Whip commercial banks, Cama tells Reserve Banks of Malawi

Post was last updated: February 13, 2019

By William Kumwembe:

Consumers Association of Malawi (Cama) has urged the Reserve Banks of Malawi (RBM) to whip commercial banks for not responding positively to the recent policy rate cut.

Cama’s proposal comes after last month’s policy rate cut by 1.5 percentage points, from 16 percent to 14.5 percent

RBM also cut by 33 percent the Liquidity Reserve Ratio (LRR)—a fraction of bank deposits that commercial banks are required to keep at the central bank.

This entails base lending rates of all banks would be pegged to the Lombard Rate, which was reduced to 14.9 percent.

From last week, commercial banks have been lowering their base lending rates, realigning them to a minimum of 14.9 percent and a maximum of 26 percent.

Market expectation was that the cost of borrowing would go down further and the move would give respite to companies and individuals servicing loans with the banks.

In an interview Tuesday, Cama Executive Director, John Kapito, described the conduct of commercial banks as pure theft, saying they would like to continue reaping off Malawians.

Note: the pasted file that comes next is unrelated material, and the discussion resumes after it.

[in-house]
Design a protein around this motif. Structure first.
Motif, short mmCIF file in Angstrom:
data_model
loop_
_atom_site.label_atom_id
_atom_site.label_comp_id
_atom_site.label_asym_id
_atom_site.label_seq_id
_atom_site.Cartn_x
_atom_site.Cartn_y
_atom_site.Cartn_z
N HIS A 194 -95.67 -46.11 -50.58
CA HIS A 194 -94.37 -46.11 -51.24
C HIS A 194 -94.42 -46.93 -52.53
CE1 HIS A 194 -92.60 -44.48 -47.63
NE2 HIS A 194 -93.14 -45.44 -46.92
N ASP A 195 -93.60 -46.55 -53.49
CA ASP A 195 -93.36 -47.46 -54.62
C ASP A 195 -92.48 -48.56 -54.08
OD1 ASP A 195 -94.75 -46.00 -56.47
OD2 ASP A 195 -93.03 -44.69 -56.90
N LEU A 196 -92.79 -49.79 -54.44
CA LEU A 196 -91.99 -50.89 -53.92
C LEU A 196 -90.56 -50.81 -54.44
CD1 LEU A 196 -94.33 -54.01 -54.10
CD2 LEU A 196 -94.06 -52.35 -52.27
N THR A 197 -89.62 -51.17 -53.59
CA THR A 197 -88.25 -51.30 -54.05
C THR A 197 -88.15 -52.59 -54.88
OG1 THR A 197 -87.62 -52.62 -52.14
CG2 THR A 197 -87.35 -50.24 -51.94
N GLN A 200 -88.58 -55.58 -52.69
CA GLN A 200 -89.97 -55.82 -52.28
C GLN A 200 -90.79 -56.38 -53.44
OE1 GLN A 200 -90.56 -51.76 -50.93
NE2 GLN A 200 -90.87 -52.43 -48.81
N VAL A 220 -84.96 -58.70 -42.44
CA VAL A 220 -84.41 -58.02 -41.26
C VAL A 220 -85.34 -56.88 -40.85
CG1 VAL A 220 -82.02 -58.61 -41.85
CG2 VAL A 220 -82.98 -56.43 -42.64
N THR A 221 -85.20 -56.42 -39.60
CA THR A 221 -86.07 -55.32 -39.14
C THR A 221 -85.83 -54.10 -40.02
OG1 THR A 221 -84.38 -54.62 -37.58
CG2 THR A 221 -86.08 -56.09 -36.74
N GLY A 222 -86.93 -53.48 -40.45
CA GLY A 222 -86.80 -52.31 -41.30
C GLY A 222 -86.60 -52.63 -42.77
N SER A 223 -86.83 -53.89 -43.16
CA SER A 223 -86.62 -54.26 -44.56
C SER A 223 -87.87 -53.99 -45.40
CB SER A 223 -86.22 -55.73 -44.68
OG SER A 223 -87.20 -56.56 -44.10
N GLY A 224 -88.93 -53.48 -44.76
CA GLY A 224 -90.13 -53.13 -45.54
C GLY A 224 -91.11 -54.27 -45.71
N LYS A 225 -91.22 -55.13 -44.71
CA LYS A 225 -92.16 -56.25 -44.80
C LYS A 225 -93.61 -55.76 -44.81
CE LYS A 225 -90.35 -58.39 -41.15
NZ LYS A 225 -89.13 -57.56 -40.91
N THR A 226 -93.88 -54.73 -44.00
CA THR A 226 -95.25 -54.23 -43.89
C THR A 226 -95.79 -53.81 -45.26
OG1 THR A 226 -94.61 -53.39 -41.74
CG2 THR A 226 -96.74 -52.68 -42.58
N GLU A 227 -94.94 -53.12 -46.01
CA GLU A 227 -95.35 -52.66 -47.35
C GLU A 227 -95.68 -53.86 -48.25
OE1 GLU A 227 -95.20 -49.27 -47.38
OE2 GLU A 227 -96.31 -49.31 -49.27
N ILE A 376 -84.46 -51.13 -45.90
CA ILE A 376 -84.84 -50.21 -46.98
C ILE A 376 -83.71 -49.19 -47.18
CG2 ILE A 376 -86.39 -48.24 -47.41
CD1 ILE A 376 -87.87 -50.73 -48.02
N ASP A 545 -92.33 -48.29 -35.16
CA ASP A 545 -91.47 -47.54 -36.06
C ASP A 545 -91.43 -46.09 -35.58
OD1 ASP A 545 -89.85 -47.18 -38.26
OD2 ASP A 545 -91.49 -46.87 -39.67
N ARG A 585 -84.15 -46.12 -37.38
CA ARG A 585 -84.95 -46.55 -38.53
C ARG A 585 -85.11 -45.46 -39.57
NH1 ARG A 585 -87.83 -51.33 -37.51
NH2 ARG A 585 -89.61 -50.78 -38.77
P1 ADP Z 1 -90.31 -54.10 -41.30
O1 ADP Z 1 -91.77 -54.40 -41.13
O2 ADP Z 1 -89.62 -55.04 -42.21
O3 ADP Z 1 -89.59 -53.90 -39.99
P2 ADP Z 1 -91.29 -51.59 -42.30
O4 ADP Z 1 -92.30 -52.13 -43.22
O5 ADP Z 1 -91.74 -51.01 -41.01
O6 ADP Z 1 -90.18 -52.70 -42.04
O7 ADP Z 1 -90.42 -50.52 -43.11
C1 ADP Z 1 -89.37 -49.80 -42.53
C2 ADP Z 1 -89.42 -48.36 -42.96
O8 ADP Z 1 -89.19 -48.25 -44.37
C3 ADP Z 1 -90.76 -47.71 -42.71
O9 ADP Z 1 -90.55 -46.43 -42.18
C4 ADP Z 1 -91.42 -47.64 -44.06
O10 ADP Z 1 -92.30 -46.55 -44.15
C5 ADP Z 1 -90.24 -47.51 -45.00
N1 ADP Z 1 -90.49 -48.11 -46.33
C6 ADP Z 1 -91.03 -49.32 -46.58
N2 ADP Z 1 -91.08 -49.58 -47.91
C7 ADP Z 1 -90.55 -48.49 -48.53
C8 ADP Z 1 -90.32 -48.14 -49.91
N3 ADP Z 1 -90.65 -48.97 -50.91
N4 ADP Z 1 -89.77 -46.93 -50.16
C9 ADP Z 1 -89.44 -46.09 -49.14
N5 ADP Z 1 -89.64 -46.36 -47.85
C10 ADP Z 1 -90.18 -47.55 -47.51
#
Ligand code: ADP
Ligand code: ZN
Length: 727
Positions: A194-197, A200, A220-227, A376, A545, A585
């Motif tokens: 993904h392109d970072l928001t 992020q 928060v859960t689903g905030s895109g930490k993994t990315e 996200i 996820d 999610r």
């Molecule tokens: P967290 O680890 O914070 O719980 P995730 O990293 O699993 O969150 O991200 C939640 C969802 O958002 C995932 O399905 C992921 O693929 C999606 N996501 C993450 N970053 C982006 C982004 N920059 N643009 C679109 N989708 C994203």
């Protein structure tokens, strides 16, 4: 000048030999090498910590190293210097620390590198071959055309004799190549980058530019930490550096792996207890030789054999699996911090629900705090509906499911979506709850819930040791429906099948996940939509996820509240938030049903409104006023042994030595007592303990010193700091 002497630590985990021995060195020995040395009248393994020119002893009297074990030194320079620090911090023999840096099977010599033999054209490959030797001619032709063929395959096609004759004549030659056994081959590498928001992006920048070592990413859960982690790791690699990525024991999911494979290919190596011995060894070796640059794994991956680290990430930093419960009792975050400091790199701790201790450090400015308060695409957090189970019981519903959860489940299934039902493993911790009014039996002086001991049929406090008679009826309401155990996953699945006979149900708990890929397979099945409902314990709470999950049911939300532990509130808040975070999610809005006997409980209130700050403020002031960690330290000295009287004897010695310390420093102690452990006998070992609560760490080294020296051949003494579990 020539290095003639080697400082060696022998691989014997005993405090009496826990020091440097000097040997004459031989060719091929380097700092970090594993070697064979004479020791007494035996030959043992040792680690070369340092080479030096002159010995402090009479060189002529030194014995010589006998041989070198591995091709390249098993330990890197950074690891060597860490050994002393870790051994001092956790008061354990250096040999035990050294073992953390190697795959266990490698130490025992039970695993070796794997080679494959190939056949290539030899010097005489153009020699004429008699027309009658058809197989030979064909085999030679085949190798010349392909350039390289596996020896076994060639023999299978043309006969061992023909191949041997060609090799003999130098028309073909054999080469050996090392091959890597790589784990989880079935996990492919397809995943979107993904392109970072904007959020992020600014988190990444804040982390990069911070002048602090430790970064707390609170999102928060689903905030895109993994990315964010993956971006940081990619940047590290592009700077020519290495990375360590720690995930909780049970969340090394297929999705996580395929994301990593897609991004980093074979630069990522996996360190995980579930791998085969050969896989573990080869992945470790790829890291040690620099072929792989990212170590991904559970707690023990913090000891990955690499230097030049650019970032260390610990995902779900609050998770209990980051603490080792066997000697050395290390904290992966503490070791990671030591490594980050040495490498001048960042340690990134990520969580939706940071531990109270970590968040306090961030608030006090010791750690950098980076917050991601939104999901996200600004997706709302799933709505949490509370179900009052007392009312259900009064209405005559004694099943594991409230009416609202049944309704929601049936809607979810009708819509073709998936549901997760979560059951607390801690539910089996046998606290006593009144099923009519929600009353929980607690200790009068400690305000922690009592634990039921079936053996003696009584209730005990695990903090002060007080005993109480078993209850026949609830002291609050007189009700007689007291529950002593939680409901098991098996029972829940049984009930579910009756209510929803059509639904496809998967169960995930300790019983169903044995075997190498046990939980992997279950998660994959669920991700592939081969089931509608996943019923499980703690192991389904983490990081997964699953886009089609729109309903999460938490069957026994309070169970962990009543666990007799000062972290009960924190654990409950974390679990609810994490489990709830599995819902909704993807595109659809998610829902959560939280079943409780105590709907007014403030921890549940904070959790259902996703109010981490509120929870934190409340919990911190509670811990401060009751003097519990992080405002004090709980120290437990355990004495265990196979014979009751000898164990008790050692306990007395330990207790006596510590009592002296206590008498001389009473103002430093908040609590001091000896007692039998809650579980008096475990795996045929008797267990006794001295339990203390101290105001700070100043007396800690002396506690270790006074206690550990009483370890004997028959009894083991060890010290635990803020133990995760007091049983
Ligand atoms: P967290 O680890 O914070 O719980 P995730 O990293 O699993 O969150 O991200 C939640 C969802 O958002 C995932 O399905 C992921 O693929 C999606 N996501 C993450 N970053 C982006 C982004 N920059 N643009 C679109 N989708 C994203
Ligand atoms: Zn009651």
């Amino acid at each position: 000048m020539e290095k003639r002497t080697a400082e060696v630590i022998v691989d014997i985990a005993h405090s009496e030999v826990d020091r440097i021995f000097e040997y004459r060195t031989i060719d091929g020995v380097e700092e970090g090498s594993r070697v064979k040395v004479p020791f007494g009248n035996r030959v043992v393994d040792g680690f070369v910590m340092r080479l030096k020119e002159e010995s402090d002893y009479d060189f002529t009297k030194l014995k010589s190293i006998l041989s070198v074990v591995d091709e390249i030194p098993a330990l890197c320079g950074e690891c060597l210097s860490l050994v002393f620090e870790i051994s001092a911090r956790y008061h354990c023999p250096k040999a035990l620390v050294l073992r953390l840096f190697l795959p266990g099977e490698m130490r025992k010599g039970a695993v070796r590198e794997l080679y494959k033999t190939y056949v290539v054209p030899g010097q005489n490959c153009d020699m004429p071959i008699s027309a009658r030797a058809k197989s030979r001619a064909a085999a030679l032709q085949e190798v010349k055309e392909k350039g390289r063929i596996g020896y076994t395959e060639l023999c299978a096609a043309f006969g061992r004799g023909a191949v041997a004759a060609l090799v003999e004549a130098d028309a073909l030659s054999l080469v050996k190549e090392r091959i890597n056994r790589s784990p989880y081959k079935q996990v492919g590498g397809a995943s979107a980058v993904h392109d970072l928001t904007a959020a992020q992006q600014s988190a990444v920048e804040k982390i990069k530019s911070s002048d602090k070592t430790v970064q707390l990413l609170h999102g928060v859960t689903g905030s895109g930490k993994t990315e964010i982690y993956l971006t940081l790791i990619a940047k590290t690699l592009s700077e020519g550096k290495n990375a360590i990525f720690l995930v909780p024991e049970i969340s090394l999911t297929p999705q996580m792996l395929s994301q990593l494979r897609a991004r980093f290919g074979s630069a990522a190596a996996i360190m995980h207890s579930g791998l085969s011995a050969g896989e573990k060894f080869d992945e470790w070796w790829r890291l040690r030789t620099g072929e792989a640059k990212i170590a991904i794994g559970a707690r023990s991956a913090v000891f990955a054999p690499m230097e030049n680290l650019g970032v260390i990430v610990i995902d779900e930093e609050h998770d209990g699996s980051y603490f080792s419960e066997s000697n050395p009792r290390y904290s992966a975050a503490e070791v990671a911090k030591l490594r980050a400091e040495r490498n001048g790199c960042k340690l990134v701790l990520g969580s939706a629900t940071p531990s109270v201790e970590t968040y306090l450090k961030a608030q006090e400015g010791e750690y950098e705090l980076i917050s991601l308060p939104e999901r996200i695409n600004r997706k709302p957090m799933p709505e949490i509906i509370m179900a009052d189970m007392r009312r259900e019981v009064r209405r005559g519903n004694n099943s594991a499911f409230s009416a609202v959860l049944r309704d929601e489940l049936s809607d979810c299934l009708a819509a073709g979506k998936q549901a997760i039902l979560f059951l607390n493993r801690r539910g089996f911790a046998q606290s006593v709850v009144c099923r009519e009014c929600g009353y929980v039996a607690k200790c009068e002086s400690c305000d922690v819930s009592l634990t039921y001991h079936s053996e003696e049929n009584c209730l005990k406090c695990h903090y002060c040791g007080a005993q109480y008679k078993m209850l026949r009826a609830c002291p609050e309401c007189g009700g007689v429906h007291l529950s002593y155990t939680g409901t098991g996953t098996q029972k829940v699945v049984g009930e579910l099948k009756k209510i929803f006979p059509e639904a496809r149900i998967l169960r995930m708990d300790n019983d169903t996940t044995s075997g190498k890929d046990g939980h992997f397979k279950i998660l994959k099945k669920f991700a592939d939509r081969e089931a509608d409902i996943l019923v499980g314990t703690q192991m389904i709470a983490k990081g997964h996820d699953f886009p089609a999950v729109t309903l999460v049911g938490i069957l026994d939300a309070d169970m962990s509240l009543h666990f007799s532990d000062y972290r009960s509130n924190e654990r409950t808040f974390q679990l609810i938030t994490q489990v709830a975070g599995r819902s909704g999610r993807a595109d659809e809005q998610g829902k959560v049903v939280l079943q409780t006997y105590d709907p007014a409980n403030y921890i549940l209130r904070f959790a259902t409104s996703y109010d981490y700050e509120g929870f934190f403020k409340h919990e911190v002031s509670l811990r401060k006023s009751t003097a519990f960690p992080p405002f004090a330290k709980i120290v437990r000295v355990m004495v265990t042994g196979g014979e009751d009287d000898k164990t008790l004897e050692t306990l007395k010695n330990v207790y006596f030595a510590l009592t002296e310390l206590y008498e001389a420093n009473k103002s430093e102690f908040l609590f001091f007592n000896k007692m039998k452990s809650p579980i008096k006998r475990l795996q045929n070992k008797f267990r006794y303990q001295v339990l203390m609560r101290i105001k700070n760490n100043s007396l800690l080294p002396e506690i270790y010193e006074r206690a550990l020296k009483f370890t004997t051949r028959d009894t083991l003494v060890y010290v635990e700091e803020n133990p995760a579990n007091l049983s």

“How could you get the same money at a maximum interest of six percent and lend it back to them at as high as 26 percent.

“What is the justification for this madness? It is high time RBM took a big whip and whipped the banks; otherwise, Malawians will continue to struggle,” Kapito said.

He said, for a long time, local commercial banks have thrived at a time the citizenry and businesses have continued to struggle.

Kapito said it does not make sense that banking has remained the only profitable business in the country.

RBM spokesperson, Mbane Ngwira, was not immediately available for comment Tuesday.

In its assessment of impact of the policy rate cut, the Economics Association of Malawi (Ecama) said the cost of borrowing will largely depend on risk profile of the respective borrowers.

In an interview, Ecama Chief Executive Officer, Meleka Thula, said, going forward, there is a strong need for banks to have more attractive deposit rates to incentivise savers.

“This would help banks to mobilise more funds for credit extension.

“It should also be noted that savers have no incentives to save in Malawi despite having high interest rates since the real interest rate on savings has always been negative as inflation rates has, on average, been higher than deposit rate,” Thula said.

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